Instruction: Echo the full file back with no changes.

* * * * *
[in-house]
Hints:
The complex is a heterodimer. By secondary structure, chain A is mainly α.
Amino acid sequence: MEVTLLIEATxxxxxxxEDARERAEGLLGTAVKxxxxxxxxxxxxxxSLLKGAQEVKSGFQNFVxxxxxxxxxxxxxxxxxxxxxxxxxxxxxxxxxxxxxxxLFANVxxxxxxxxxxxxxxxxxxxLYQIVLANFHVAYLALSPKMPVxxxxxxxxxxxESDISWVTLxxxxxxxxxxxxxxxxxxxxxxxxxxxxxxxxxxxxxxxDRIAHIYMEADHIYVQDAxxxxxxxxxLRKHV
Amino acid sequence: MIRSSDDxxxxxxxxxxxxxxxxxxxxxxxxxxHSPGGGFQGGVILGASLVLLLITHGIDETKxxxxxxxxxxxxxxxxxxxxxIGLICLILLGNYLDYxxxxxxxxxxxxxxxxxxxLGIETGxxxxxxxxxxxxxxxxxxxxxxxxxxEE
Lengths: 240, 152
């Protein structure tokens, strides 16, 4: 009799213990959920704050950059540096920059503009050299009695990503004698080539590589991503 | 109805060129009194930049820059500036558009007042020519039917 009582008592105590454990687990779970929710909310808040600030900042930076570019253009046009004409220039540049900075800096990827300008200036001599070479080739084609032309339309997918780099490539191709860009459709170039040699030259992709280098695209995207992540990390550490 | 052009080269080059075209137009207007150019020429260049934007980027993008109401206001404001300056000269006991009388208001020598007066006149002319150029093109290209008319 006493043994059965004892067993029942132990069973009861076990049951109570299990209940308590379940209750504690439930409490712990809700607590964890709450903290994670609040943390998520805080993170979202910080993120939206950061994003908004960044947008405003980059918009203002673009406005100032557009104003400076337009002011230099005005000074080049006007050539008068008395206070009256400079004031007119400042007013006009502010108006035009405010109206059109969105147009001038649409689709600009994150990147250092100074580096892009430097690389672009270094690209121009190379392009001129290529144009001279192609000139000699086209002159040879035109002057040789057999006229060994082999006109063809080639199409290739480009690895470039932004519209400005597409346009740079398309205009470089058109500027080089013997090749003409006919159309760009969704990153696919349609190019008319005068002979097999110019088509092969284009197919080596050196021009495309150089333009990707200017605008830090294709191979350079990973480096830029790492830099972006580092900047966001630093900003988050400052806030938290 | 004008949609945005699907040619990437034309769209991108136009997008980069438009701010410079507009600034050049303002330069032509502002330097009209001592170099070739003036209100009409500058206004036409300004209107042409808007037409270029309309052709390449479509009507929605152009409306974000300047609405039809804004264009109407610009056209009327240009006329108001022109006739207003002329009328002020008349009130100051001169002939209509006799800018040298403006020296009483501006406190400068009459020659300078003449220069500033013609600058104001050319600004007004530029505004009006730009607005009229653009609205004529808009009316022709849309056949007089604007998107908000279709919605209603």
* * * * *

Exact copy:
[in-house]
Hints:
The complex is a heterodimer. By secondary structure, chain A is mainly α.
Amino acid sequence: MEVTLLIEATxxxxxxxEDARERAEGLLGTAVKxxxxxxxxxxxxxxSLLKGAQEVKSGFQNFVxxxxxxxxxxxxxxxxxxxxxxxxxxxxxxxxxxxxxxxLFANVxxxxxxxxxxxxxxxxxxxLYQIVLANFHVAYLALSPKMPVxxxxxxxxxxxESDISWVTLxxxxxxxxxxxxxxxxxxxxxxxxxxxxxxxxxxxxxxxDRIAHIYMEADHIYVQDAxxxxxxxxxLRKHV
Amino acid sequence: MIRSSDDxxxxxxxxxxxxxxxxxxxxxxxxxxHSPGGGFQGGVILGASLVLLLITHGIDETKxxxxxxxxxxxxxxxxxxxxxIGLICLILLGNYLDYxxxxxxxxxxxxxxxxxxxLGIETGxxxxxxxxxxxxxxxxxxxxxxxxxxEE
Lengths: 240, 152
């Protein structure tokens, strides 16, 4: 009799213990959920704050950059540096920059503009050299009695990503004698080539590589991503 | 109805060129009194930049820059500036558009007042020519039917 009582008592105590454990687990779970929710909310808040600030900042930076570019253009046009004409220039540049900075800096990827300008200036001599070479080739084609032309339309997918780099490539191709860009459709170039040699030259992709280098695209995207992540990390550490 | 052009080269080059075209137009207007150019020429260049934007980027993008109401206001404001300056000269006991009388208001020598007066006149002319150029093109290209008319 006493043994059965004892067993029942132990069973009861076990049951109570299990209940308590379940209750504690439930409490712990809700607590964890709450903290994670609040943390998520805080993170979202910080993120939206950061994003908004960044947008405003980059918009203002673009406005100032557009104003400076337009002011230099005005000074080049006007050539008068008395206070009256400079004031007119400042007013006009502010108006035009405010109206059109969105147009001038649409689709600009994150990147250092100074580096892009430097690389672009270094690209121009190379392009001129290529144009001279192609000139000699086209002159040879035109002057040789057999006229060994082999006109063809080639199409290739480009690895470039932004519209400005597409346009740079398309205009470089058109500027080089013997090749003409006919159309760009969704990153696919349609190019008319005068002979097999110019088509092969284009197919080596050196021009495309150089333009990707200017605008830090294709191979350079990973480096830029790492830099972006580092900047966001630093900003988050400052806030938290 | 004008949609945005699907040619990437034309769209991108136009997008980069438009701010410079507009600034050049303002330069032509502002330097009209001592170099070739003036209100009409500058206004036409300004209107042409808007037409270029309309052709390449479509009507929605152009409306974000300047609405039809804004264009109407610009056209009327240009006329108001022109006739207003002329009328002020008349009130100051001169002939209509006799800018040298403006020296009483501006406190400068009459020659300078003449220069500033013609600058104001050319600004007004530029505004009006730009607005009229653009609205004529808009009316022709849309056949007089604007998107908000279709919605209603």